When exploring the name YHVH, I've found some ancient copies of texts copied by rabbis included the vowels. When vowels are added, it comes out as Yehovah. The yud would translate as "He (does this)". Its remainder is Hvh. Now the vowels in the original unconjugated verb derive different meanings for this verb. According to doitinhebrew.com...
heevah --- to constitute
hayah --- to exist, to be
ehyeh play on words? translated in Exodus as I am that I am.
The wife of Adam in Genesis is named Khavah ("kh" being the letter chet or khet), which may be a relation to this word. It would be existence being linked with Adam (meaning blood, red, and soil), which is a more physical substance.
Here's an interesting, possibly intentional, link with the word customarily translated in English Bibles as "God". The Hebrew is Elohim, a plural ending of the Canaanite term for deity, but always having words conjugated in singular form. There's an interesting book I own by Stan Tenen called The Alphabet That Changed the World. It proposes that Elohim alludes to the vastness, the holistic wide expanse. In contrast, YHVH could represent the singular point in time. He uses the analogy of the flame on a candlestick. I see this as possibly linking to the Dramatica principle of "space" and "time" in the objective story limit and holistic and linear in the problem-solving style.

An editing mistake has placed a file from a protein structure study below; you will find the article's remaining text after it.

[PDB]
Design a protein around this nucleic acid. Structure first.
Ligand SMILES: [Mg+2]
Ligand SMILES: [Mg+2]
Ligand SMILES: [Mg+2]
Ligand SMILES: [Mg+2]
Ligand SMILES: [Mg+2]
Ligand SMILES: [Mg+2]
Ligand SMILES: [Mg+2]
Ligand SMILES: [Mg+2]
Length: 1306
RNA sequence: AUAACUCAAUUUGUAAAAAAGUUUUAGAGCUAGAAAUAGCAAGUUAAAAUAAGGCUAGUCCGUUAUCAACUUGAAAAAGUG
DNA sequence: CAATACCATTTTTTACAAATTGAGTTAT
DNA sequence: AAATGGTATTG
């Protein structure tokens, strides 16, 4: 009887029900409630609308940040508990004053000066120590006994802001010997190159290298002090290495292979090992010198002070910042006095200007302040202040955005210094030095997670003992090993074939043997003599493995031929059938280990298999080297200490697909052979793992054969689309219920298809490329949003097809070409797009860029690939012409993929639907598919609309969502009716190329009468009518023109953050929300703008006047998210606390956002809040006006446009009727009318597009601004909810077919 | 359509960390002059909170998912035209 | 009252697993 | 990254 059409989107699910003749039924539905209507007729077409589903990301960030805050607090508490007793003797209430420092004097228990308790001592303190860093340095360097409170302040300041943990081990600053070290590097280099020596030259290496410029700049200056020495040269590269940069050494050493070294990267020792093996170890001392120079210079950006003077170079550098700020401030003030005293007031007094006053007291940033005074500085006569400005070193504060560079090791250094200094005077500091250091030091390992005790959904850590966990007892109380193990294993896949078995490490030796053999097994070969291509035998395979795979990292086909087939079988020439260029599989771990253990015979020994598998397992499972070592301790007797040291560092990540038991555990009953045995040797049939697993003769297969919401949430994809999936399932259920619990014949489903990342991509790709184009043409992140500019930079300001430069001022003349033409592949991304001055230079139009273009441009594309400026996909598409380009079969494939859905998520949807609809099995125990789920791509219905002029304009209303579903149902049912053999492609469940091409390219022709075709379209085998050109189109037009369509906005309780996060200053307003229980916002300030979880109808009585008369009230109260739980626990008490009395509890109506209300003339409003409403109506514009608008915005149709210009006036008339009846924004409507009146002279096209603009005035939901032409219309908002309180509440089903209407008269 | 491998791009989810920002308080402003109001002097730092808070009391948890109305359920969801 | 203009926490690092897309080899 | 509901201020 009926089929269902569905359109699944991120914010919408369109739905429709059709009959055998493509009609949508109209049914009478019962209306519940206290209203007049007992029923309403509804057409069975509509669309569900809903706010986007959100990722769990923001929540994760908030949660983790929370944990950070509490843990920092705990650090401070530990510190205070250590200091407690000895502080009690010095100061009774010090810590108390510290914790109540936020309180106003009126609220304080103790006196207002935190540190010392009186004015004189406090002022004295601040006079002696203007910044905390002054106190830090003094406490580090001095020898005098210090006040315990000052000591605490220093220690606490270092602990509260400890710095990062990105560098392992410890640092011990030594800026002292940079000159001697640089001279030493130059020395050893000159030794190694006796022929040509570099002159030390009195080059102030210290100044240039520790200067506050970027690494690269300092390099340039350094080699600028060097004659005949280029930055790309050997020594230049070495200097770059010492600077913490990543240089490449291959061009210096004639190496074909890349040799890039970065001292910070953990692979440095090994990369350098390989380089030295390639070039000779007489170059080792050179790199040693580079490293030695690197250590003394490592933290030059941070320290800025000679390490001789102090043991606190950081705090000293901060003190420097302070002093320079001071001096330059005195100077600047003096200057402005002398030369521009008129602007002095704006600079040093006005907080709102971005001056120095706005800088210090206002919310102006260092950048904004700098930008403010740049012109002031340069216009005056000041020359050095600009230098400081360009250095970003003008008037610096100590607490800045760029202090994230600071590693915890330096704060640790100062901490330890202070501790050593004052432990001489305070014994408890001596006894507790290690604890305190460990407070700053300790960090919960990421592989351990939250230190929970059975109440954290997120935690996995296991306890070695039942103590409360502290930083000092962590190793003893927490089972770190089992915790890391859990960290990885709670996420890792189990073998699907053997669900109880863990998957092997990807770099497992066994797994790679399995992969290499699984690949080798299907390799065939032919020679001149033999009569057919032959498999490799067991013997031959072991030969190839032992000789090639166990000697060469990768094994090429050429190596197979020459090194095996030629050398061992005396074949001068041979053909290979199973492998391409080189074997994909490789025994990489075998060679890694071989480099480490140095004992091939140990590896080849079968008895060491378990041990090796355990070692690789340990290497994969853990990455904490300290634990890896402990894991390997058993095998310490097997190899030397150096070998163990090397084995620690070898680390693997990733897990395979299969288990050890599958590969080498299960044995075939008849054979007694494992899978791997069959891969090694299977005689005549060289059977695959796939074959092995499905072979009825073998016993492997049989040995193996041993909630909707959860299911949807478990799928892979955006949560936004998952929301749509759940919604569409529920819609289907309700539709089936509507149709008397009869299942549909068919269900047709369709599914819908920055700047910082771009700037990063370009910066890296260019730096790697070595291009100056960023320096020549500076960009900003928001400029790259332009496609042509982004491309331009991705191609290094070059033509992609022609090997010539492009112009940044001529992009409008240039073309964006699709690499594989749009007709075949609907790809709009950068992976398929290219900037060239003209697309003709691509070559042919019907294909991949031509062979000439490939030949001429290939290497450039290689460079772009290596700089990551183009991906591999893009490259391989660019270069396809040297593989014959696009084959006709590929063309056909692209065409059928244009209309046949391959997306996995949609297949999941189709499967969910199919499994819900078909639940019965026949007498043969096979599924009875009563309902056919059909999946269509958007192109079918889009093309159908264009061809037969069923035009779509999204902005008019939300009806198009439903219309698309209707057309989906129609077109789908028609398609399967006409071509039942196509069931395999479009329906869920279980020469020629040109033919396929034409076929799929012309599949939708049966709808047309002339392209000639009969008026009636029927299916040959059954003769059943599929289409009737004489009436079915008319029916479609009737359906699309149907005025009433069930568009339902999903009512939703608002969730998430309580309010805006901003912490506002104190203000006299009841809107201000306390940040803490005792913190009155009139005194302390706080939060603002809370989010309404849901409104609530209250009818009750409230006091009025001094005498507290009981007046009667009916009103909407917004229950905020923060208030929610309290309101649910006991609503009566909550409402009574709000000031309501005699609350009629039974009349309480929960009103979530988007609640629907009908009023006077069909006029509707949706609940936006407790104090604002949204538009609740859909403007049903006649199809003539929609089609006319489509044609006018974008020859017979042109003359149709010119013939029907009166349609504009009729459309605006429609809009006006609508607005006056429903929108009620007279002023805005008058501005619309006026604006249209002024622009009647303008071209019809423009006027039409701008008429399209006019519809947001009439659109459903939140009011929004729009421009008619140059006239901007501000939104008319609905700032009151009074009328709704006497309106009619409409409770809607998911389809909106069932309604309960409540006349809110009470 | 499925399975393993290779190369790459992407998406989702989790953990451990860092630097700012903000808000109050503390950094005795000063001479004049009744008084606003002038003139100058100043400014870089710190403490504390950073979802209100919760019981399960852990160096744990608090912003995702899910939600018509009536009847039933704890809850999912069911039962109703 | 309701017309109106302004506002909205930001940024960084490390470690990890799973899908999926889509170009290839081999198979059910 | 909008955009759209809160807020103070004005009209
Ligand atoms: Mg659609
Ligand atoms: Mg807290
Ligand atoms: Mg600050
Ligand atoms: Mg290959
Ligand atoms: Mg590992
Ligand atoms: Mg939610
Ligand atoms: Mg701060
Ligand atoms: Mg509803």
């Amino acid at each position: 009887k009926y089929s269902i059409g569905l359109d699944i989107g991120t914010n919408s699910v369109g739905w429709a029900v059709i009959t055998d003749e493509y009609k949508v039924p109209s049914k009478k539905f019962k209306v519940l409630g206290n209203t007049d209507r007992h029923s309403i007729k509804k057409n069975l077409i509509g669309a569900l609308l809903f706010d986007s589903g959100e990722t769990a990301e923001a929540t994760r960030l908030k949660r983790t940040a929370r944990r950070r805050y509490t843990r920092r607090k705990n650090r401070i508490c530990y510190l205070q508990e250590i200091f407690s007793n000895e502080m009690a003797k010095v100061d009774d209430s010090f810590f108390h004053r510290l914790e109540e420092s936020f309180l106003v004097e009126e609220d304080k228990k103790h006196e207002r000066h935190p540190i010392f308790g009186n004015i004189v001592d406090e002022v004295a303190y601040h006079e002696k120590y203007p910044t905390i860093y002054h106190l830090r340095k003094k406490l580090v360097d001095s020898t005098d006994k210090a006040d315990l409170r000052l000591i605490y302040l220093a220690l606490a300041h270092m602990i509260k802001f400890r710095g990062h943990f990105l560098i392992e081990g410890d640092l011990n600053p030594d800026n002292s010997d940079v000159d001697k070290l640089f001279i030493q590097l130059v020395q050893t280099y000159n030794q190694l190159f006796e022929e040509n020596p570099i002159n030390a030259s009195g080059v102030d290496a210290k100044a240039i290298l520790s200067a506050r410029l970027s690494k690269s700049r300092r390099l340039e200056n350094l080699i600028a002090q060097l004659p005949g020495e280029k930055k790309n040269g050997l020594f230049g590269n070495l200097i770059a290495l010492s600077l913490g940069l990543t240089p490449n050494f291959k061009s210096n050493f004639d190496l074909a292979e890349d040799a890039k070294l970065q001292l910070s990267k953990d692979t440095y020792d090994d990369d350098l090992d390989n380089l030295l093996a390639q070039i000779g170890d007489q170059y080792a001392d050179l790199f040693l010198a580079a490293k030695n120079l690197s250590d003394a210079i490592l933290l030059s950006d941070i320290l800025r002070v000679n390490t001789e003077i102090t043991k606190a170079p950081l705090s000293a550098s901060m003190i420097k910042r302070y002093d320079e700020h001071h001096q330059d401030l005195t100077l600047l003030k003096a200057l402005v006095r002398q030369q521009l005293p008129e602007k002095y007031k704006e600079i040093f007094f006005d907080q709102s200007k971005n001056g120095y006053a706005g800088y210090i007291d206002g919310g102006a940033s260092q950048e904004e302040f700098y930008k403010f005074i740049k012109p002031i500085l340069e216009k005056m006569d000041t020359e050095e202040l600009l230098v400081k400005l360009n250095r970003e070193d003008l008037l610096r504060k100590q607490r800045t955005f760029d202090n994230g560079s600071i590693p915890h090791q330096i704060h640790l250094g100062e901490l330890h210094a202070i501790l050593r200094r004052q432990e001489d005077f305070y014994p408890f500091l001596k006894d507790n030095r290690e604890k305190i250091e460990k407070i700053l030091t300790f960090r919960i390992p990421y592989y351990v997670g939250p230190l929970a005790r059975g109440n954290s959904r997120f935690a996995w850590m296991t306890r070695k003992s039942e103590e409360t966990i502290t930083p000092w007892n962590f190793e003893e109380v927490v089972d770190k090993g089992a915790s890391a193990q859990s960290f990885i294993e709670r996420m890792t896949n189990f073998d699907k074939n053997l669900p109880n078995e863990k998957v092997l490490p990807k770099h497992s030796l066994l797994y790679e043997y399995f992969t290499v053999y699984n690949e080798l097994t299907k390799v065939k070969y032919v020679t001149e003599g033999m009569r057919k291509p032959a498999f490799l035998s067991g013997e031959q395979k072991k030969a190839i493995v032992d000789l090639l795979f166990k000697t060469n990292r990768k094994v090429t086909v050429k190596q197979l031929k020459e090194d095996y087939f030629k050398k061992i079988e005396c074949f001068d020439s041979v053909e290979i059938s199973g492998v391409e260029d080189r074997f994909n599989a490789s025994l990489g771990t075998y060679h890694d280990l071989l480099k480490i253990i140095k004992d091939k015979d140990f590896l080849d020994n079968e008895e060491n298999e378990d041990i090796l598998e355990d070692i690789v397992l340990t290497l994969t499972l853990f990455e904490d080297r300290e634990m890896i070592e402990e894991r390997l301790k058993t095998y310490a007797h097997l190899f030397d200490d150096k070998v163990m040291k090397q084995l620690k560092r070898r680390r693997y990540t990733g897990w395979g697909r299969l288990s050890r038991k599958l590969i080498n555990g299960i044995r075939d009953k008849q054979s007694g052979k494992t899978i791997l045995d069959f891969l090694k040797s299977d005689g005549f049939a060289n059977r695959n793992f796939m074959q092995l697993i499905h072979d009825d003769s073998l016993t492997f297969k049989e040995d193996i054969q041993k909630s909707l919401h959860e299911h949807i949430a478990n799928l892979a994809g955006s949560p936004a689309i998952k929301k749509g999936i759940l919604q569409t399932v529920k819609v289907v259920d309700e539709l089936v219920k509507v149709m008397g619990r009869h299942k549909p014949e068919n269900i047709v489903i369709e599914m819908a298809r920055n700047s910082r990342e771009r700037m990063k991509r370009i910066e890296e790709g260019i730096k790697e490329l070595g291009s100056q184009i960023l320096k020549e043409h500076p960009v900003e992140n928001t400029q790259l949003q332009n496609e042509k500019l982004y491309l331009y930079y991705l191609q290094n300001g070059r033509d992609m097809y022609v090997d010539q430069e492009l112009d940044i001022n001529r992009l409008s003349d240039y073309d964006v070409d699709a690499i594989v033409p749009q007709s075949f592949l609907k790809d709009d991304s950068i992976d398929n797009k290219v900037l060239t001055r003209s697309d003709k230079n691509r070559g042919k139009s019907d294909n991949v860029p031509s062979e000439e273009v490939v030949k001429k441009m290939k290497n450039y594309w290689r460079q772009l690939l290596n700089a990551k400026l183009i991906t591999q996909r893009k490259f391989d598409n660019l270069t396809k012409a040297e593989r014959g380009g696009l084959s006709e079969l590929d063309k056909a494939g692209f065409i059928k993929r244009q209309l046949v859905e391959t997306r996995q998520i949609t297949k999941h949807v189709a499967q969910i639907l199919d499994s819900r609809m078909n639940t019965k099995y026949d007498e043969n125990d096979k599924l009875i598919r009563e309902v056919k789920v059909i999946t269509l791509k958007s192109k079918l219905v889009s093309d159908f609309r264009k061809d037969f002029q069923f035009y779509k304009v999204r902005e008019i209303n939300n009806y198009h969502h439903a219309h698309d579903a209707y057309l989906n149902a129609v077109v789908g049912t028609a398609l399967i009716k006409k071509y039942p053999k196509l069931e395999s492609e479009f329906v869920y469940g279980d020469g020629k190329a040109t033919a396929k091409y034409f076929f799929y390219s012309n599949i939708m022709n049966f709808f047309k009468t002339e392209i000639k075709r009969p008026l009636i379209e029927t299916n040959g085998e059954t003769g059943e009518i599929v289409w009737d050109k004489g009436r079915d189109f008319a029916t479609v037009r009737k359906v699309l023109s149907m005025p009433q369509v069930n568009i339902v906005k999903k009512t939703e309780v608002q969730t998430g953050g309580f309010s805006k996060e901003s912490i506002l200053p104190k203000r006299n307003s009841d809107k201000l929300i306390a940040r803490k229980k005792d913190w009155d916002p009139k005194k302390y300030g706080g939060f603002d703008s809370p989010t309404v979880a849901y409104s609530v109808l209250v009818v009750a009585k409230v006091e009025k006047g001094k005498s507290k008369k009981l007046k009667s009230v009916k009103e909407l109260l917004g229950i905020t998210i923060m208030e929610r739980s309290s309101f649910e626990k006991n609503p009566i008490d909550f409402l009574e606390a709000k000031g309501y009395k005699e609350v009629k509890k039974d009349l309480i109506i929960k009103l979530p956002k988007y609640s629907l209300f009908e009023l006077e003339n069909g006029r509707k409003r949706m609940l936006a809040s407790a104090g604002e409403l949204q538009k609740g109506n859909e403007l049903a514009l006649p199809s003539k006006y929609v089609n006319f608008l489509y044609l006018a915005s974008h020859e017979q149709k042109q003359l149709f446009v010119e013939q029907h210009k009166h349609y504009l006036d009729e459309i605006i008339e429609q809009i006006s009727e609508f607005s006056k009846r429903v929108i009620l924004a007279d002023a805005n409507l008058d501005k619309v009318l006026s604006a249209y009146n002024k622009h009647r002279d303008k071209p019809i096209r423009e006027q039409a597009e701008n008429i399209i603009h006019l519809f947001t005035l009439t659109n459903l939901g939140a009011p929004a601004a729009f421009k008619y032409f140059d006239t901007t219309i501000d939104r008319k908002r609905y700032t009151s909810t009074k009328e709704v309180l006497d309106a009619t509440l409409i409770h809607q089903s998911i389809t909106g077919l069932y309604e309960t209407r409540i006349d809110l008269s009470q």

This has been a suspicion of mine for years... that the word ehyeh in Exodus is a play on the name of YHVH. Ehyeh literally means "will be". YHVH tells Moses to tell the Israelites that this is his name, as proof of his existence. Furthermore, Ehyeh is spelled aleph-hei-yud-hei, which simply hei-yud-hei with the prefix letter (aleph) meaning "I (future tense)".
Chris has pointed out the Dramatica principle that cultures have blind spots in regard to the chart of elements. Americans tend to have stories with concerns in the lower left quadrant (obtaining, inner desires and fears, the future, becoming). This is the sweet spot. These quads can also be seen as domains of methodology elements, evaluations, motivations, etc. Our strong point, Motivations, is the lower left quad. We argue, however, over whether we are the collective United States or whether we are individual states.
What is the sweet spot for Middle Esterners? Does that show up as a preference in the Bible?